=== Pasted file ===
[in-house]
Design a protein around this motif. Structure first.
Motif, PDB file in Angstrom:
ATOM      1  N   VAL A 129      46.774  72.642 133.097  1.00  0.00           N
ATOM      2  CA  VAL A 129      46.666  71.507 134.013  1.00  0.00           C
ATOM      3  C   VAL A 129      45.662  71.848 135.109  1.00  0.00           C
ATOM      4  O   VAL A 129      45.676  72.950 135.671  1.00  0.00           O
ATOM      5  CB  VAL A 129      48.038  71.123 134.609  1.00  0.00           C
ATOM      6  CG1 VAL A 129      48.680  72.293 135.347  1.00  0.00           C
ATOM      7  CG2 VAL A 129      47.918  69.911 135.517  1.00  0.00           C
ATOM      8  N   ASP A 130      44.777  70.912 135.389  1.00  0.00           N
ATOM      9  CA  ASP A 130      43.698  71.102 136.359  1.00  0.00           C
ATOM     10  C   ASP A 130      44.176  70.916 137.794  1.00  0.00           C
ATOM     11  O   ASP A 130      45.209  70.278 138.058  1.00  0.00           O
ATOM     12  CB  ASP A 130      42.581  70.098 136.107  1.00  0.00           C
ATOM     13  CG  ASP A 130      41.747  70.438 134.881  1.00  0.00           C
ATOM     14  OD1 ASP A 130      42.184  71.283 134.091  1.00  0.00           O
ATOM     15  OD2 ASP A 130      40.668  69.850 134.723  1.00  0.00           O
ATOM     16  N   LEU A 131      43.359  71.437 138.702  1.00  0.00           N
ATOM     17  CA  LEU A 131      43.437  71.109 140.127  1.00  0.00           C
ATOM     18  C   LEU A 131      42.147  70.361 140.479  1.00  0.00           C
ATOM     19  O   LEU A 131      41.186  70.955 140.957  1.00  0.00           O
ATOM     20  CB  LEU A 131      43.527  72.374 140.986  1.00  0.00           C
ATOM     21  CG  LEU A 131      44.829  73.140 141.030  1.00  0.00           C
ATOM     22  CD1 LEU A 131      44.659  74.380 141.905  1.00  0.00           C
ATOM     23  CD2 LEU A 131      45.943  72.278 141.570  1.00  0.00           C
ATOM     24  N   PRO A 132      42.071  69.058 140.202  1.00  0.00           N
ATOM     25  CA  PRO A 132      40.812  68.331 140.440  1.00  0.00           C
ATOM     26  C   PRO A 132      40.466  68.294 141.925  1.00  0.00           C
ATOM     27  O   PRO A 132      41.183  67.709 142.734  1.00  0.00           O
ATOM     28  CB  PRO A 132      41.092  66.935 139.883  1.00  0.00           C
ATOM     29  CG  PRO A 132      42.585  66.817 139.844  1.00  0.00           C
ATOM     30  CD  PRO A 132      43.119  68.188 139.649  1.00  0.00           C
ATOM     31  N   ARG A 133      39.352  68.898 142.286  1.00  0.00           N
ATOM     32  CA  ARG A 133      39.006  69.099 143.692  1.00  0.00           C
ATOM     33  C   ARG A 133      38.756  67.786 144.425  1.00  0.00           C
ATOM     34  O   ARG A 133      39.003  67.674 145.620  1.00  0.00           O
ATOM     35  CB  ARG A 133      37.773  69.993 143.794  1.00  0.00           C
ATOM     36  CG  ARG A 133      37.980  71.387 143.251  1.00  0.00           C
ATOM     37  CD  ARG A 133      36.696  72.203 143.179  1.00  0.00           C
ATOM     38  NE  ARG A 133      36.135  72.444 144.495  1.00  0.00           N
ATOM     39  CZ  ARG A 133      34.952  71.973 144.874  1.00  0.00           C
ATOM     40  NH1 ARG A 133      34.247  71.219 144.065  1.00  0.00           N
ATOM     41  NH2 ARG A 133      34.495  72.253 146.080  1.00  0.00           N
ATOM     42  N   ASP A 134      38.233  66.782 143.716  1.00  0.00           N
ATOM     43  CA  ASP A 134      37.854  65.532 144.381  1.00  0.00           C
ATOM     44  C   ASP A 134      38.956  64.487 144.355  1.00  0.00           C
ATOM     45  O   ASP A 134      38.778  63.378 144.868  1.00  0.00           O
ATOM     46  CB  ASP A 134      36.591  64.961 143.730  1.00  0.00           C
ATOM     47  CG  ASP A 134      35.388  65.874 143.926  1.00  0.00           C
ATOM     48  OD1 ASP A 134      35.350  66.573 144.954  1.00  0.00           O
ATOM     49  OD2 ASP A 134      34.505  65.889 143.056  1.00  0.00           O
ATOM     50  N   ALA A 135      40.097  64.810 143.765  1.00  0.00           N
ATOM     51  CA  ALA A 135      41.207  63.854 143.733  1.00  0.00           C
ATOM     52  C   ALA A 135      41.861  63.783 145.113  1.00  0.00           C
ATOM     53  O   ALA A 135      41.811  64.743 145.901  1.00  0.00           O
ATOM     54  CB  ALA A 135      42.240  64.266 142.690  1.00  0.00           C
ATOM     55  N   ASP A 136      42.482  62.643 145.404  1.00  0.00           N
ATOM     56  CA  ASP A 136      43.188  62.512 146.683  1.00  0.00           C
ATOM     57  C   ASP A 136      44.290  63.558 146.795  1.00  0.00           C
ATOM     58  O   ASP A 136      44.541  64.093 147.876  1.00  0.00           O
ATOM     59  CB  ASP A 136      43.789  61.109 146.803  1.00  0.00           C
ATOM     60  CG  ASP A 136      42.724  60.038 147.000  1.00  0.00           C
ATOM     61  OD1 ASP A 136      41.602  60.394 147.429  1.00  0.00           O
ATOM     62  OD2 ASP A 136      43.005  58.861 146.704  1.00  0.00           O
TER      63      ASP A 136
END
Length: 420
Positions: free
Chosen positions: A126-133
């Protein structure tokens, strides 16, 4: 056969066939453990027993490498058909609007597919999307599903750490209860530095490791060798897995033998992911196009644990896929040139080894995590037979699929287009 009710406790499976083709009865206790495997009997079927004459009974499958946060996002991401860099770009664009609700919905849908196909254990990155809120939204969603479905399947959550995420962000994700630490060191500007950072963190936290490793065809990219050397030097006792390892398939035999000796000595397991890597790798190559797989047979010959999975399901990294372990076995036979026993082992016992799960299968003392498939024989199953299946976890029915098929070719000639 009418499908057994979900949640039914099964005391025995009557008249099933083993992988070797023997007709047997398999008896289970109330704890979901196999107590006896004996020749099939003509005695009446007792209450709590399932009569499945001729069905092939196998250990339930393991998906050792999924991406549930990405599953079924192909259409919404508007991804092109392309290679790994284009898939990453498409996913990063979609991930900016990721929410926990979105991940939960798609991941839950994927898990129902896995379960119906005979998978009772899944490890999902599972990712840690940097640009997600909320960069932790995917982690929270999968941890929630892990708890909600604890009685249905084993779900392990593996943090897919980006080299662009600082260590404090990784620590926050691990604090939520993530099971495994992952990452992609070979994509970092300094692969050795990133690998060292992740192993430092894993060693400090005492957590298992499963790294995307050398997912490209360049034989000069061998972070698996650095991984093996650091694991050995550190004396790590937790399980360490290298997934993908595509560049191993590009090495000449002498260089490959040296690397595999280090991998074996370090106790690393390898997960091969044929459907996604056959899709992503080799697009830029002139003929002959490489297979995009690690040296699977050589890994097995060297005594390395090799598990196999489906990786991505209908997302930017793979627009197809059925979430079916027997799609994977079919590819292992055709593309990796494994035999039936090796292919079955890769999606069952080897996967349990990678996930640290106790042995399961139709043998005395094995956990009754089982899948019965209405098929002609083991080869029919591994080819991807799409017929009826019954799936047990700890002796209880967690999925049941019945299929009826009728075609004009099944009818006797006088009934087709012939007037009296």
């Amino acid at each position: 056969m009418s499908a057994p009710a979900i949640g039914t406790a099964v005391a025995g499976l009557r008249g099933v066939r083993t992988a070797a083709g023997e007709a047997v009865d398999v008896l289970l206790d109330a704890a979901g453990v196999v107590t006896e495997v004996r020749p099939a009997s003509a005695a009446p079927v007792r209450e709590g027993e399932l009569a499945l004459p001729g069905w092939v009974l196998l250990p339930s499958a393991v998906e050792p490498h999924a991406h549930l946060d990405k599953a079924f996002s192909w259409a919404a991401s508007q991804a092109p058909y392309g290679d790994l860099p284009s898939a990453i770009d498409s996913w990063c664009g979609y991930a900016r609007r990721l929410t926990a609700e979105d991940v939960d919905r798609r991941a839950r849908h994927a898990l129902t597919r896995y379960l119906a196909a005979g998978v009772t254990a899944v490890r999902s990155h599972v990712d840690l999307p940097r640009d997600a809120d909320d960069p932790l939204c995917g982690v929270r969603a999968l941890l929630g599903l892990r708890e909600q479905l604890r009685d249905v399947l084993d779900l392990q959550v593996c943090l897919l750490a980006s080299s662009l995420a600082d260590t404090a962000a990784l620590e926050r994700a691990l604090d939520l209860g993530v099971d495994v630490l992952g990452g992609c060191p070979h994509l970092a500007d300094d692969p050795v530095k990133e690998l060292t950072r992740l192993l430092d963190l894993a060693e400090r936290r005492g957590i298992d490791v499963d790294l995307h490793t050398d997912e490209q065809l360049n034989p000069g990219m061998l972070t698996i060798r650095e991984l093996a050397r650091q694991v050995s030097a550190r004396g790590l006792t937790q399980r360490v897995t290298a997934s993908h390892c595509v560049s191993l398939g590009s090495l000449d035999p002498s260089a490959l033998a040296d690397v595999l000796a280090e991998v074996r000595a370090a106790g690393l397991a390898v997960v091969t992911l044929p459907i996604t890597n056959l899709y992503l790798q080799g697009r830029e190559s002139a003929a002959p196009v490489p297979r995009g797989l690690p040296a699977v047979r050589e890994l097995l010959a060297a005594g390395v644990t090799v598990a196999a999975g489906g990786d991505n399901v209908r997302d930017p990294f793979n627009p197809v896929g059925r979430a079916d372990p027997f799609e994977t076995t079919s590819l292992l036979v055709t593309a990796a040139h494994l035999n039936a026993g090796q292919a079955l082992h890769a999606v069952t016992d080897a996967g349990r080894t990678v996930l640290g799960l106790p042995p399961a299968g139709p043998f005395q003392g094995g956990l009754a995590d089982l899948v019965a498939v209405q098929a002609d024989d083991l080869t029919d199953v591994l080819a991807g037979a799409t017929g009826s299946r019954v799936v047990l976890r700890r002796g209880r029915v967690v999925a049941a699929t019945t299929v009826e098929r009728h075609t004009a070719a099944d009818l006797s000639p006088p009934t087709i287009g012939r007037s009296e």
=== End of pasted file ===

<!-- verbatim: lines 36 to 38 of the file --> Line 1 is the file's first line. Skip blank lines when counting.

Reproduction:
ATOM     33  C   ARG A 133      38.756  67.786 144.425  1.00  0.00           C
ATOM     34  O   ARG A 133      39.003  67.674 145.620  1.00  0.00           O
ATOM     35  CB  ARG A 133      37.773  69.993 143.794  1.00  0.00           C